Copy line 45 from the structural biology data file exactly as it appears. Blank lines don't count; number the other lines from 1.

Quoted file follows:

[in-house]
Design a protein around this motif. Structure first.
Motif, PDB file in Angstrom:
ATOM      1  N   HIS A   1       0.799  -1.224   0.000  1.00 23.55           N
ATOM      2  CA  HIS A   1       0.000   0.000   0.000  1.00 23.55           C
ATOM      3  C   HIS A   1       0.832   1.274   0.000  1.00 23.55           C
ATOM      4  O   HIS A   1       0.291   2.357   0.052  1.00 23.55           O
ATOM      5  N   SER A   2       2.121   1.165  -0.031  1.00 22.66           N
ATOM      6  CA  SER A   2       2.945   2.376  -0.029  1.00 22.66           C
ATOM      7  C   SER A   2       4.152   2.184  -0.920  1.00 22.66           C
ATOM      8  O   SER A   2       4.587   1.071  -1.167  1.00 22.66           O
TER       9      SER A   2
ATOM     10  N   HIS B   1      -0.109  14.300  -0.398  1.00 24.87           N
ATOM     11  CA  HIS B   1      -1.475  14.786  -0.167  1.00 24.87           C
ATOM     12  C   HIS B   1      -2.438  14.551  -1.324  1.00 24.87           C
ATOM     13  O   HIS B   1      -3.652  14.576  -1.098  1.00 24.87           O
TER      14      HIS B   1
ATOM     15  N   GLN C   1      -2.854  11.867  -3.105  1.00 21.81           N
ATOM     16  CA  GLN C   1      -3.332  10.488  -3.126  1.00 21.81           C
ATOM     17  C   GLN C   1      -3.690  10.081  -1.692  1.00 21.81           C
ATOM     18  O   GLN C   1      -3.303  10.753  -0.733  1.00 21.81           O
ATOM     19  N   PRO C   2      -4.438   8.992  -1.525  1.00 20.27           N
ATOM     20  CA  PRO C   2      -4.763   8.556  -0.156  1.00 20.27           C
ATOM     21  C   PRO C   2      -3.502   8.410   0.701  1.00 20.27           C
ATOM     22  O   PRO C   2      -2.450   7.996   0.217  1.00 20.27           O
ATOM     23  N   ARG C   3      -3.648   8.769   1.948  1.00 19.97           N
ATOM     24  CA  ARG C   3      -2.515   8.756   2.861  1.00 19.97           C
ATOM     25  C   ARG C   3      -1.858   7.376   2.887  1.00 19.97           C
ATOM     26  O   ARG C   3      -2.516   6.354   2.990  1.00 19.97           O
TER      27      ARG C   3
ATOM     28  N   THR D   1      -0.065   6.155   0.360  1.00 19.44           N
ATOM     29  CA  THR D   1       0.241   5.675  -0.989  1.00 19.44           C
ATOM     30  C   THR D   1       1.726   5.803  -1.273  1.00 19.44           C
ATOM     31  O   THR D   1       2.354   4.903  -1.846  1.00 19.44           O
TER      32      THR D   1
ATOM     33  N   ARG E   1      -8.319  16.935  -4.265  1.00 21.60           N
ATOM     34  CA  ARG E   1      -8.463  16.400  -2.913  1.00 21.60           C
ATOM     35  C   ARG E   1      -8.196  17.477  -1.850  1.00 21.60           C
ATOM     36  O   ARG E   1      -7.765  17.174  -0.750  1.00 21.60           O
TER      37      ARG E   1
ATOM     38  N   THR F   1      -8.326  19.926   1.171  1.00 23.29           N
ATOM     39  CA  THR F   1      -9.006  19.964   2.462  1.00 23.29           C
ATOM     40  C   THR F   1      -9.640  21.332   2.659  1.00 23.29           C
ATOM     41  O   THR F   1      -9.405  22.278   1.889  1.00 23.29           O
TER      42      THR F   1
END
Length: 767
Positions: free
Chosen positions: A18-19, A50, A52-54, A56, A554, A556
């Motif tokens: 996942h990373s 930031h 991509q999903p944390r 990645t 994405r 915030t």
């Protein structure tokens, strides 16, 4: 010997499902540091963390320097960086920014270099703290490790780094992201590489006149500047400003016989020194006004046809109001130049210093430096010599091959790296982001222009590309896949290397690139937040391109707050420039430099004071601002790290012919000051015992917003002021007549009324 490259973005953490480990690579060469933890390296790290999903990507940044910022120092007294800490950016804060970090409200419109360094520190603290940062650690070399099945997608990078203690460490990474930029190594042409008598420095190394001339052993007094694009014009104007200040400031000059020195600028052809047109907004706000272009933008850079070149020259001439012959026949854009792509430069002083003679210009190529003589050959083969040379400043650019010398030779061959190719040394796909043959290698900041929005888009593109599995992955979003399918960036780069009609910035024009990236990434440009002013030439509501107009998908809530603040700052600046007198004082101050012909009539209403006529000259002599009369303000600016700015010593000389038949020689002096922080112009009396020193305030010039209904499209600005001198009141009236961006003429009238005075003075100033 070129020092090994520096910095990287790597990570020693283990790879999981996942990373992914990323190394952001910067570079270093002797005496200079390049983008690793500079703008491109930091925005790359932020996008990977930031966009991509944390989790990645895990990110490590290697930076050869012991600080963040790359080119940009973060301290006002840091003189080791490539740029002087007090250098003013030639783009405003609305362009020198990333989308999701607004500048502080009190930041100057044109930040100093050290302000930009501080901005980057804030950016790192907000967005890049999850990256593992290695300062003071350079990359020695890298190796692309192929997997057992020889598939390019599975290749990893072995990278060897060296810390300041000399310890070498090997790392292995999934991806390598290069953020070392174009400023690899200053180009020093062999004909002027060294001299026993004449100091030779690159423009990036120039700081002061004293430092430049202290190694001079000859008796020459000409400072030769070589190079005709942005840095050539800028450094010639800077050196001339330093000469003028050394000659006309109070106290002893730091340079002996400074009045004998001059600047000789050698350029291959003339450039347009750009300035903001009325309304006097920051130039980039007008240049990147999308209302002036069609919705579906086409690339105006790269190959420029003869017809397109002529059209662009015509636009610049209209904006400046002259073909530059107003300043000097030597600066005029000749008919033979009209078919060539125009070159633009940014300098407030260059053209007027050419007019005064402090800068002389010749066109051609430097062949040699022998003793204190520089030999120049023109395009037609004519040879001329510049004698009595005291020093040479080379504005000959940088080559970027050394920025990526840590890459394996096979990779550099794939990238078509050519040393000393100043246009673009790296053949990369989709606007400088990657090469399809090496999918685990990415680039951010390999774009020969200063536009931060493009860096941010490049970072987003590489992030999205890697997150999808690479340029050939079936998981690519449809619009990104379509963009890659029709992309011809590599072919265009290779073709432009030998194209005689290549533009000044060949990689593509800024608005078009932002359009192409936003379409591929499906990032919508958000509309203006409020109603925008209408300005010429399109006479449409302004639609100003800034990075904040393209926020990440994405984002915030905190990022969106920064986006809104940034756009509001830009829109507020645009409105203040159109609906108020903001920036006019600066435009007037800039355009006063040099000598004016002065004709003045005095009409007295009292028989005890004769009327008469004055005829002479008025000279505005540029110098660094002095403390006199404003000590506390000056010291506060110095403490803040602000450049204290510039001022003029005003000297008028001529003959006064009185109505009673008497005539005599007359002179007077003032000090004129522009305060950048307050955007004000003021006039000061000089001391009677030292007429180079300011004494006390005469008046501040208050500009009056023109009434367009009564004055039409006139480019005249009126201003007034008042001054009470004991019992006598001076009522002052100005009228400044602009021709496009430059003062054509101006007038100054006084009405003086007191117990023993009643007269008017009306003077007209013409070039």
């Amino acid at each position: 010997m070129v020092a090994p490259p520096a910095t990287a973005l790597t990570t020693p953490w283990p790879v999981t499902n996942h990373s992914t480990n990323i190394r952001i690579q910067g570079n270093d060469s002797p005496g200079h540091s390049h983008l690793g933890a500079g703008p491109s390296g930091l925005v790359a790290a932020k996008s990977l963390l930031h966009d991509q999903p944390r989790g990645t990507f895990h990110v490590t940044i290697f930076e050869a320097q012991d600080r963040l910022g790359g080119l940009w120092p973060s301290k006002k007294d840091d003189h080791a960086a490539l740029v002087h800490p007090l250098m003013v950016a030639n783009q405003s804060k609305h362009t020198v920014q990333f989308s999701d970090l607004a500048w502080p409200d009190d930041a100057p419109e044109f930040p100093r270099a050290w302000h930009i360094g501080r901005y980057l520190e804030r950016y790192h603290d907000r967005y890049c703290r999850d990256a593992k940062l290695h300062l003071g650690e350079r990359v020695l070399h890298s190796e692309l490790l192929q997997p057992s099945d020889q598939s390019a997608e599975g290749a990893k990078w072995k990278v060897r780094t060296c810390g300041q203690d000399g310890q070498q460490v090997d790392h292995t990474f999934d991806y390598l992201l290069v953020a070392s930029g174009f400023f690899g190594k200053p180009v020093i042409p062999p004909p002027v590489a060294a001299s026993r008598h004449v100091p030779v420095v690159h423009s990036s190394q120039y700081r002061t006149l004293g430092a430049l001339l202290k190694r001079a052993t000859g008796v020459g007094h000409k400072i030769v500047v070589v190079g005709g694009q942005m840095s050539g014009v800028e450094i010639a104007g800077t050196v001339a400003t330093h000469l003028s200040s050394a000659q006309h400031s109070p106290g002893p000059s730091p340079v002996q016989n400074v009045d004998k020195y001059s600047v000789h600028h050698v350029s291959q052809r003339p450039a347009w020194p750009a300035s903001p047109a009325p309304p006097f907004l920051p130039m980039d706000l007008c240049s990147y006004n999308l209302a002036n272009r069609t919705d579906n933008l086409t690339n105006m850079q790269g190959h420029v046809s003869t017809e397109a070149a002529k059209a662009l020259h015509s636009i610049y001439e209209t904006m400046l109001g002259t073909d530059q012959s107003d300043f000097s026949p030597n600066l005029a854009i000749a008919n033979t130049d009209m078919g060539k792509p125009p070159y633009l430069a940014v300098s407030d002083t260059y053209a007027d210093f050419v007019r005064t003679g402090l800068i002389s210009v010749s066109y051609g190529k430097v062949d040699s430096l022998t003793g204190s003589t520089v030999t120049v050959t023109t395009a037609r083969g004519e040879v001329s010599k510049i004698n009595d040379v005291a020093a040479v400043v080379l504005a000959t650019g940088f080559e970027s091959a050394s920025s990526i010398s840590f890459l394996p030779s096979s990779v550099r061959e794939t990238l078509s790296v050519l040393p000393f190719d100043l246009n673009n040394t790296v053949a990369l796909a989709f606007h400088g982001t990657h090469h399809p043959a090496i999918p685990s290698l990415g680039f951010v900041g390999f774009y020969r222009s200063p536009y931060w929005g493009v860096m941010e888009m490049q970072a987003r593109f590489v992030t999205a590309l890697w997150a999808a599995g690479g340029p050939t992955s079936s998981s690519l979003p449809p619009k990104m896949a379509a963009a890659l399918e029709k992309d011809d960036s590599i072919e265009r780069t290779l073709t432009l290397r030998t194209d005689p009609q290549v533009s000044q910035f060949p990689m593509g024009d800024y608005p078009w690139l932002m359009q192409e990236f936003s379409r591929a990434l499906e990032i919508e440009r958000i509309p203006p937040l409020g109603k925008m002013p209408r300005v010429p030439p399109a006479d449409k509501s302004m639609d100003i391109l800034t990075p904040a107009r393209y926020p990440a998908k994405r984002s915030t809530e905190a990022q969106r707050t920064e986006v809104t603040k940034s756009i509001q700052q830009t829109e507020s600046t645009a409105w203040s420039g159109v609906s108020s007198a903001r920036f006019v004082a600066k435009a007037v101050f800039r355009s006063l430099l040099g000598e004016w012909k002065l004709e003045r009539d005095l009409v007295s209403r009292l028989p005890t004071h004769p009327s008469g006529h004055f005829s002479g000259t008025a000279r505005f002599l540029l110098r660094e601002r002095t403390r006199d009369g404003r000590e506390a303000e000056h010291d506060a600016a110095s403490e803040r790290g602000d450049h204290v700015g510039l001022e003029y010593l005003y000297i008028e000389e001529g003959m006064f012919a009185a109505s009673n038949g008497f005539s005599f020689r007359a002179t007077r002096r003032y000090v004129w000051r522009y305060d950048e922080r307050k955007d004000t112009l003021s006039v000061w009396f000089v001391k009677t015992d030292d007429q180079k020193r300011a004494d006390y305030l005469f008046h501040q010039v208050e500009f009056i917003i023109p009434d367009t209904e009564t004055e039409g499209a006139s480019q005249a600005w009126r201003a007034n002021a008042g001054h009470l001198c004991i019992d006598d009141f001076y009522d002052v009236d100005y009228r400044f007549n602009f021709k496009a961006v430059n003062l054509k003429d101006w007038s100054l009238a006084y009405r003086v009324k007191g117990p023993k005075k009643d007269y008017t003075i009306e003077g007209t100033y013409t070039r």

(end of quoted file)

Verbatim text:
TER      42      THR F   1